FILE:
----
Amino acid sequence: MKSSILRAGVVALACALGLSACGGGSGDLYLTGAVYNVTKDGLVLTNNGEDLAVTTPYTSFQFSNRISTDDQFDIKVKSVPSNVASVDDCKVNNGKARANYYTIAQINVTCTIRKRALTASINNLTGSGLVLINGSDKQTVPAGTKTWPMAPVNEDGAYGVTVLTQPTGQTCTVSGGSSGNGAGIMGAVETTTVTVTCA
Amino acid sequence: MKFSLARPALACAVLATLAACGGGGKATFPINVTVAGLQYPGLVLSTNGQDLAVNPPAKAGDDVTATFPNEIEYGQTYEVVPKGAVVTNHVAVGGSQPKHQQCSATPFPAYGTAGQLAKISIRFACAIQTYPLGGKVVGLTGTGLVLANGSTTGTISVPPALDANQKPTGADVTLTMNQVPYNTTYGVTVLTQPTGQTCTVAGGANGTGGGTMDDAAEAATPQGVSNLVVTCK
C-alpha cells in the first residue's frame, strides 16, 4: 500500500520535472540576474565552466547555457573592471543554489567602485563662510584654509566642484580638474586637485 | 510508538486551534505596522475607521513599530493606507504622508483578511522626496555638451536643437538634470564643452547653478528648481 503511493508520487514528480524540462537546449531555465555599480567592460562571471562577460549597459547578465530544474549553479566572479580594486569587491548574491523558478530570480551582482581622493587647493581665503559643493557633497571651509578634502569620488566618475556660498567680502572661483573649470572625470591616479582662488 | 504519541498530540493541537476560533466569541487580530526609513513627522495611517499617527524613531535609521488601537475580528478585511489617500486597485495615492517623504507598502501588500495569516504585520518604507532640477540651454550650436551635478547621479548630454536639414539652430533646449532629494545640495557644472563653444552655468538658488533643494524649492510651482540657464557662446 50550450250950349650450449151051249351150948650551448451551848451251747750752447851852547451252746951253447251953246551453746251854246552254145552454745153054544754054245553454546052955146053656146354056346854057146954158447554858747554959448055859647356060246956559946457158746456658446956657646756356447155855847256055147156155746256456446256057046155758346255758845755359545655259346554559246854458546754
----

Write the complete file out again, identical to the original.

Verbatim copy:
Amino acid sequence: MKSSILRAGVVALACALGLSACGGGSGDLYLTGAVYNVTKDGLVLTNNGEDLAVTTPYTSFQFSNRISTDDQFDIKVKSVPSNVASVDDCKVNNGKARANYYTIAQINVTCTIRKRALTASINNLTGSGLVLINGSDKQTVPAGTKTWPMAPVNEDGAYGVTVLTQPTGQTCTVSGGSSGNGAGIMGAVETTTVTVTCA
Amino acid sequence: MKFSLARPALACAVLATLAACGGGGKATFPINVTVAGLQYPGLVLSTNGQDLAVNPPAKAGDDVTATFPNEIEYGQTYEVVPKGAVVTNHVAVGGSQPKHQQCSATPFPAYGTAGQLAKISIRFACAIQTYPLGGKVVGLTGTGLVLANGSTTGTISVPPALDANQKPTGADVTLTMNQVPYNTTYGVTVLTQPTGQTCTVAGGANGTGGGTMDDAAEAATPQGVSNLVVTCK
C-alpha cells in the first residue's frame, strides 16, 4: 500500500520535472540576474565552466547555457573592471543554489567602485563662510584654509566642484580638474586637485 | 510508538486551534505596522475607521513599530493606507504622508483578511522626496555638451536643437538634470564643452547653478528648481 503511493508520487514528480524540462537546449531555465555599480567592460562571471562577460549597459547578465530544474549553479566572479580594486569587491548574491523558478530570480551582482581622493587647493581665503559643493557633497571651509578634502569620488566618475556660498567680502572661483573649470572625470591616479582662488 | 504519541498530540493541537476560533466569541487580530526609513513627522495611517499617527524613531535609521488601537475580528478585511489617500486597485495615492517623504507598502501588500495569516504585520518604507532640477540651454550650436551635478547621479548630454536639414539652430533646449532629494545640495557644472563653444552655468538658488533643494524649492510651482540657464557662446 50550450250950349650450449151051249351150948650551448451551848451251747750752447851852547451252746951253447251953246551453746251854246552254145552454745153054544754054245553454546052955146053656146354056346854057146954158447554858747554959448055859647356060246956559946457158746456658446956657646756356447155855847256055147156155746256456446256057046155758346255758845755359545655259346554559246854458546754